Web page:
Grinders are considered the most extreme type of biohackers. They generally conduct self-experimentations by injecting their own bodies with drugs, implants, and gadgets to modify their own biology. It's also why grinders often identify with transhumanism (i.e. using science and technology to transform the human body beyond its current limits) and body modifications (altering the human body for physical enhancement and/or aesthetic purposes).
One of the most famous grinders is Dave Asprey, the founder of Bulletproof, which manufactures the hugely popular Bulletproof coffee. Asprey does various forms of self-experimentations, from taking 150 supplements a day to injecting stem cells into his joints.
He also dabbles with cryotherapy (exposing yourself to the extreme cold) to boost metabolism, speed up muscle recovery, and relieve inflammation. It's all part of his ambitious plan to live to at least 180 years old.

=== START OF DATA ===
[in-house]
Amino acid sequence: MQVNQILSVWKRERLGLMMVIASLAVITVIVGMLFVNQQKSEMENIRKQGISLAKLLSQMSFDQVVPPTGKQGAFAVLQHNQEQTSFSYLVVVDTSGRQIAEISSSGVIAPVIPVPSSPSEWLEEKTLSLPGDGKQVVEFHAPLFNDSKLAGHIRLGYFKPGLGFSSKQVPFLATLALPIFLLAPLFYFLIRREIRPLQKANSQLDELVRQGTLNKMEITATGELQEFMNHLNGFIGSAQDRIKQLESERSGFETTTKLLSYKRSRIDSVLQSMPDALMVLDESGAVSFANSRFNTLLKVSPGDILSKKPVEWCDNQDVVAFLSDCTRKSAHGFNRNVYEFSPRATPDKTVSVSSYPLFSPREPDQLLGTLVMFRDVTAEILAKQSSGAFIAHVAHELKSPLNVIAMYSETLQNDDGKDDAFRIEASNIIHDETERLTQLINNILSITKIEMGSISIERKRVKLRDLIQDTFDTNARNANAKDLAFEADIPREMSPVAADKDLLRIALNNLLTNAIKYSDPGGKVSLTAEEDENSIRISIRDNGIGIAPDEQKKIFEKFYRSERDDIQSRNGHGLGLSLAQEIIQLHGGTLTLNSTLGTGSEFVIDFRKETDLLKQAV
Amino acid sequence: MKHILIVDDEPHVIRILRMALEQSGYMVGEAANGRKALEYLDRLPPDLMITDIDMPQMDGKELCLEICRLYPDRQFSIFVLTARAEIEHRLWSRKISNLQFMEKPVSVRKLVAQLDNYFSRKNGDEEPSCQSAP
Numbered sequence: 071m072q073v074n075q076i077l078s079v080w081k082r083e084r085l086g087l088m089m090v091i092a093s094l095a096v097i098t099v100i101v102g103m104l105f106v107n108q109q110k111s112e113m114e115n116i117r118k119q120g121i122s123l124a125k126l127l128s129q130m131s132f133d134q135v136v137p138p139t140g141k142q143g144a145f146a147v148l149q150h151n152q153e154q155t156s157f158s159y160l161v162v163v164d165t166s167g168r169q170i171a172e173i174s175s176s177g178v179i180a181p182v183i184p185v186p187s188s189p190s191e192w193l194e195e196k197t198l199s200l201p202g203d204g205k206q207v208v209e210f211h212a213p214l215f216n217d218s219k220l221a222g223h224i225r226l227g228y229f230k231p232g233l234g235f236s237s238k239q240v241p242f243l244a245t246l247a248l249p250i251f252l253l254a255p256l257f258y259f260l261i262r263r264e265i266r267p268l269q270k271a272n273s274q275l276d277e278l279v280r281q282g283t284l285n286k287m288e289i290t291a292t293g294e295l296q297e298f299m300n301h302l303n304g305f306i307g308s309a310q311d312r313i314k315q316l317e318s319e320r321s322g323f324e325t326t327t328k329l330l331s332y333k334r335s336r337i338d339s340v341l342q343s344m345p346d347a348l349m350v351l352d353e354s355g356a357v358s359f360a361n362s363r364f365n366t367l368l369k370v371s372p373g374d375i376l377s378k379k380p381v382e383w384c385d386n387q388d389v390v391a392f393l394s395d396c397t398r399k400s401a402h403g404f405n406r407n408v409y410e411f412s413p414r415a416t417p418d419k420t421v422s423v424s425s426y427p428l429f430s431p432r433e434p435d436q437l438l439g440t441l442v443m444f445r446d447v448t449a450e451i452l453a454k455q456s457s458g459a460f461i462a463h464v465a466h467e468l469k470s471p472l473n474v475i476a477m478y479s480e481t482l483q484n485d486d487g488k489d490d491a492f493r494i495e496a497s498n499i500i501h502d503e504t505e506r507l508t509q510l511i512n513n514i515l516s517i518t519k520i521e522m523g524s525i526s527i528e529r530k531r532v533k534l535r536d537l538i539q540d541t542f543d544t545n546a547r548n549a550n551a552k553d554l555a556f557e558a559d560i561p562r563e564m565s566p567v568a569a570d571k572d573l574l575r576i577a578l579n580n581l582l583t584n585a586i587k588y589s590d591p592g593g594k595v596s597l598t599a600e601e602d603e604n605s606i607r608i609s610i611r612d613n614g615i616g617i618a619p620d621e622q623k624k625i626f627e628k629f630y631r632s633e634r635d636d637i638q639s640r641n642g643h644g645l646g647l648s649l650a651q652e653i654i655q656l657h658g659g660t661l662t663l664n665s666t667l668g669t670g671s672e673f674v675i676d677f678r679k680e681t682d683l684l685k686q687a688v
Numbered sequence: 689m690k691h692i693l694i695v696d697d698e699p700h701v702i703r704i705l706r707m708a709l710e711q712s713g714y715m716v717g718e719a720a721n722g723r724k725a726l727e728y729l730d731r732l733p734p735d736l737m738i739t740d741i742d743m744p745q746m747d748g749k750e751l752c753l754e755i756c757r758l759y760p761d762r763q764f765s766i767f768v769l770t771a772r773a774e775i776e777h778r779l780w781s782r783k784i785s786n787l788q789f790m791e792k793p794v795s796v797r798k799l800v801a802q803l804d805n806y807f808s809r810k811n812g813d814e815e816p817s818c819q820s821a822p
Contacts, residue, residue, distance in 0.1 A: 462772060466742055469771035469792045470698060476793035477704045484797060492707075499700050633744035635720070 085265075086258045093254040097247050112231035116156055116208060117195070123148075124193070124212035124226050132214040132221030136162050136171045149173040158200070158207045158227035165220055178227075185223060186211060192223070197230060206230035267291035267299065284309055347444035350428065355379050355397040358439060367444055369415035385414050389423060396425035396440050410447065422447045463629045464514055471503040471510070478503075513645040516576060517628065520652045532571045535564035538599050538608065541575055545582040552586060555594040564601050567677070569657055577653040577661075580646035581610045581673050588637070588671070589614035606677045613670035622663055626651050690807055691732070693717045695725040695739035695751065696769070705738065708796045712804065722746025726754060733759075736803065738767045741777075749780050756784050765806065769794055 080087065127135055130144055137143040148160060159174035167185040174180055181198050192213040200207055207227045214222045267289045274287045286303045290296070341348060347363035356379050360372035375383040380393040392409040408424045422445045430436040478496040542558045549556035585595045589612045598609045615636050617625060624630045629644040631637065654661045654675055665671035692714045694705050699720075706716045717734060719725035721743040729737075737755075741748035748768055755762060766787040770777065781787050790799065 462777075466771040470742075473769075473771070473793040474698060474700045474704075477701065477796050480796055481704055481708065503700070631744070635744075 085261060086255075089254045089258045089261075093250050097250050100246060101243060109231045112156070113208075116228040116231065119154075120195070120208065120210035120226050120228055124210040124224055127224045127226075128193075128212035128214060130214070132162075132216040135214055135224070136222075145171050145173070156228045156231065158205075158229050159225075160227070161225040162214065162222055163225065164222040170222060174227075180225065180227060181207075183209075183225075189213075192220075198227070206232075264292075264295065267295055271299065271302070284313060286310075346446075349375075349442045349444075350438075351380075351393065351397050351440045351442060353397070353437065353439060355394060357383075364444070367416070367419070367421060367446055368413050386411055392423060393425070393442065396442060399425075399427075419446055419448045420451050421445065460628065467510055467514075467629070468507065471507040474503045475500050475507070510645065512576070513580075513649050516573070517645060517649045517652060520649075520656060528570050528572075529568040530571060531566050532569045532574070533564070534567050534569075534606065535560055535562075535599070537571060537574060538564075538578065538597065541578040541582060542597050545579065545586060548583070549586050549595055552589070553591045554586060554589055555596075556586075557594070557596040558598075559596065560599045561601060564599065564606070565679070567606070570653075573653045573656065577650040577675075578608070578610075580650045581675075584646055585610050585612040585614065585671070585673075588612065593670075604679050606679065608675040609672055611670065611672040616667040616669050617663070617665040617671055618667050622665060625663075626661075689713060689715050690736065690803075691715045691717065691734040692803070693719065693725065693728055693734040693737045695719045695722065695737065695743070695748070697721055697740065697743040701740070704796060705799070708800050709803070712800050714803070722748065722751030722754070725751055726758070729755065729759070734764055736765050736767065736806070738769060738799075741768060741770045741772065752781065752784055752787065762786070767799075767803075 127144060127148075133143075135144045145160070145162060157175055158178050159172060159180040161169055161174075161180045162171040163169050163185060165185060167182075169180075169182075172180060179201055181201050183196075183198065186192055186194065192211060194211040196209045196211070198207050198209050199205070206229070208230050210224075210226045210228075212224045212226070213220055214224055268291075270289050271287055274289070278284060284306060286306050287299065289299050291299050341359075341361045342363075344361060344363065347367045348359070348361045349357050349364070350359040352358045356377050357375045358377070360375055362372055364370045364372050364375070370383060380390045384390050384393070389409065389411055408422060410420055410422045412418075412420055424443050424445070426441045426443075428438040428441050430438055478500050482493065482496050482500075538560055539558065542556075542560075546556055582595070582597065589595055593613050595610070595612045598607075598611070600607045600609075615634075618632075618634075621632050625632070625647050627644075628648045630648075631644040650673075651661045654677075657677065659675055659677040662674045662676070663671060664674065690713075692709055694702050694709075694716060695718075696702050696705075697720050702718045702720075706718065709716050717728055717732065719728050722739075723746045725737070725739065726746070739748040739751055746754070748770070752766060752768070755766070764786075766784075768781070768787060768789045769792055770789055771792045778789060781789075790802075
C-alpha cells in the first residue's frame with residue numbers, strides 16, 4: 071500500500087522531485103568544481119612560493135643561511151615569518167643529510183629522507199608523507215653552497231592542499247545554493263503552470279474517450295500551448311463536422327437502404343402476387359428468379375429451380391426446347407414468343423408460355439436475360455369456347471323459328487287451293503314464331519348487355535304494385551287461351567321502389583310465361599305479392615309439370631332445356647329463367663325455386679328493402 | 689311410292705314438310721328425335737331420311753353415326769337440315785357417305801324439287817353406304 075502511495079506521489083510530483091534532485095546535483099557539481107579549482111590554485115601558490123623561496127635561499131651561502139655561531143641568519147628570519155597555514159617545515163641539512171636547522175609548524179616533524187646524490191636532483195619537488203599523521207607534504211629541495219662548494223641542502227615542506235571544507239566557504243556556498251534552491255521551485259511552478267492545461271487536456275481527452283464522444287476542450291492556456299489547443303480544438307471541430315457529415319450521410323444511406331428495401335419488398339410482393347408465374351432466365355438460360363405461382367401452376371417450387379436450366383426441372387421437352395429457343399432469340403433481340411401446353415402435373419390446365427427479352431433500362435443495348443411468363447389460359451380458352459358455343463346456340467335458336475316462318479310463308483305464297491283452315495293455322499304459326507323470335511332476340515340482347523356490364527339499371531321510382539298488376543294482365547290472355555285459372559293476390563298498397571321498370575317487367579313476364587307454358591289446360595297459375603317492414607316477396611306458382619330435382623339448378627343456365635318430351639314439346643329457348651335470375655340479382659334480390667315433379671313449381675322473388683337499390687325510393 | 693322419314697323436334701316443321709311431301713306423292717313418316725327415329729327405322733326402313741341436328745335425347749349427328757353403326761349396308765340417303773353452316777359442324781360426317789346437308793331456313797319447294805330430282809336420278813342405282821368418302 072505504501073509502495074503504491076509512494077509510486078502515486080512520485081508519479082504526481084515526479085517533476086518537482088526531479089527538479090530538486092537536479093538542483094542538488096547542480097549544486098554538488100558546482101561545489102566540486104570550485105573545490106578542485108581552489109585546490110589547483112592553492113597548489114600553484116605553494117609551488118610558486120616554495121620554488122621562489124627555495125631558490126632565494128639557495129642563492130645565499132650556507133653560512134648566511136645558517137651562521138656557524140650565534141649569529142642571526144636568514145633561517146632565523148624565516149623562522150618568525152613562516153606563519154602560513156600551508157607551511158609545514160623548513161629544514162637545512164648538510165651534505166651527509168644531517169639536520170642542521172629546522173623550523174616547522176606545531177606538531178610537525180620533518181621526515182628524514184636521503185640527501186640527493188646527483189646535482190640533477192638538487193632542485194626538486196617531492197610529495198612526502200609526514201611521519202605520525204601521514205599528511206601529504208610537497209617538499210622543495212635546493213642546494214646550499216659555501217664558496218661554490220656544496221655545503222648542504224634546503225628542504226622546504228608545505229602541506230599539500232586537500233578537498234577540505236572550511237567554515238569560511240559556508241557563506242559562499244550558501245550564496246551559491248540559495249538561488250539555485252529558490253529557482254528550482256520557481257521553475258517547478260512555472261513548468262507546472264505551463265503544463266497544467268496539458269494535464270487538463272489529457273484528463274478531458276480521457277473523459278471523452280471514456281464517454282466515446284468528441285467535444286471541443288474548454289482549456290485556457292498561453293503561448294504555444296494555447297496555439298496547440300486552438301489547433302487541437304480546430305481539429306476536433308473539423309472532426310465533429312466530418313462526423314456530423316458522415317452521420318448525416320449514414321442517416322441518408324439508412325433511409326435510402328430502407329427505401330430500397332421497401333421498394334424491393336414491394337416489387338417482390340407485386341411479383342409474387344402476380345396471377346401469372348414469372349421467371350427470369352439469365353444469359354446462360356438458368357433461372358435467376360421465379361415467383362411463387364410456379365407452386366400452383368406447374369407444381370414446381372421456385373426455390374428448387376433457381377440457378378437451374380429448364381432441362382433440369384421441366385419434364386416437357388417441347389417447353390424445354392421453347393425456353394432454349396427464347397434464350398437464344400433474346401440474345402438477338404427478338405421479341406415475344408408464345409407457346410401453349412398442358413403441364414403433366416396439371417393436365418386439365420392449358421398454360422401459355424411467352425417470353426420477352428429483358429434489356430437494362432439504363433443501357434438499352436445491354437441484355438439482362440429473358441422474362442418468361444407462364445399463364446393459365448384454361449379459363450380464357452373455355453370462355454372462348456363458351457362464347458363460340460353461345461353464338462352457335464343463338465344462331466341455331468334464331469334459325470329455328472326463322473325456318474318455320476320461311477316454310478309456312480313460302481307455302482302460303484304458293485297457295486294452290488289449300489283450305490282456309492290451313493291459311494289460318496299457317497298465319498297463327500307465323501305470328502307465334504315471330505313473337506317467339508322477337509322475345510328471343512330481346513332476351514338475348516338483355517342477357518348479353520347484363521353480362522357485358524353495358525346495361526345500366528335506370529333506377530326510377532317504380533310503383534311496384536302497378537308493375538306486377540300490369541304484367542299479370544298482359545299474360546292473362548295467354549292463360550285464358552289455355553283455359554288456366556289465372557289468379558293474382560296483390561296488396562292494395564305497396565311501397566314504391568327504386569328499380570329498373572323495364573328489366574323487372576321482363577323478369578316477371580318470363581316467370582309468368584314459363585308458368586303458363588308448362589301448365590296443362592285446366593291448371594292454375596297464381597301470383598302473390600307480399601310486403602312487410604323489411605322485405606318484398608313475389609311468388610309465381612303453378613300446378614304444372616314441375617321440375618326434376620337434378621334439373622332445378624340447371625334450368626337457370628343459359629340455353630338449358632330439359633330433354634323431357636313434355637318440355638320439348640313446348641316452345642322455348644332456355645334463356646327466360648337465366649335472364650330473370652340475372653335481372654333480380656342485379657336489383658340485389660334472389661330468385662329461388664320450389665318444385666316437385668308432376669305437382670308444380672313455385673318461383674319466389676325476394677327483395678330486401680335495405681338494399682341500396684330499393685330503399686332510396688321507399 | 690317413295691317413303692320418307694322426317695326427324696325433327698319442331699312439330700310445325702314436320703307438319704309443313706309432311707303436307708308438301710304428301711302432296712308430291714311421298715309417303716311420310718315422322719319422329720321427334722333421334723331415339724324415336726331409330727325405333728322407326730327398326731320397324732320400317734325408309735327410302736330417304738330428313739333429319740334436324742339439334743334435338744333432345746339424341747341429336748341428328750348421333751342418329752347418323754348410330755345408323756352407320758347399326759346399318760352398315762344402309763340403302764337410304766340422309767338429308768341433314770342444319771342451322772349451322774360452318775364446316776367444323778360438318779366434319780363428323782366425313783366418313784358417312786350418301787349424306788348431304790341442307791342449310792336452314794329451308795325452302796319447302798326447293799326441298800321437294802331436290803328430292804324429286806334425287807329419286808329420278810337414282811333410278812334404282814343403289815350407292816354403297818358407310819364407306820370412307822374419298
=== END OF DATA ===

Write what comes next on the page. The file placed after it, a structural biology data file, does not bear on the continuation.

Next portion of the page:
A newer trend in biohacking, DIY gene therapy involves altering your own genetic material using a technique called CRISPR (clustered regularly interspaced short palindromic repeats). Originally, researchers use CRISPR to replace defective genes to treat and prevent health problems like sickle cell anemia.
In terms of biohacking though, professionals and amateurs use CRISPR to edit their own biology so they can optimize certain body features, like getting bigger muscles without having to go to the gym. (Whether this works or not remains to be seen.)
It's amazing what biohacking can do for human beings. If you're keen to learn more about its benefits, read below.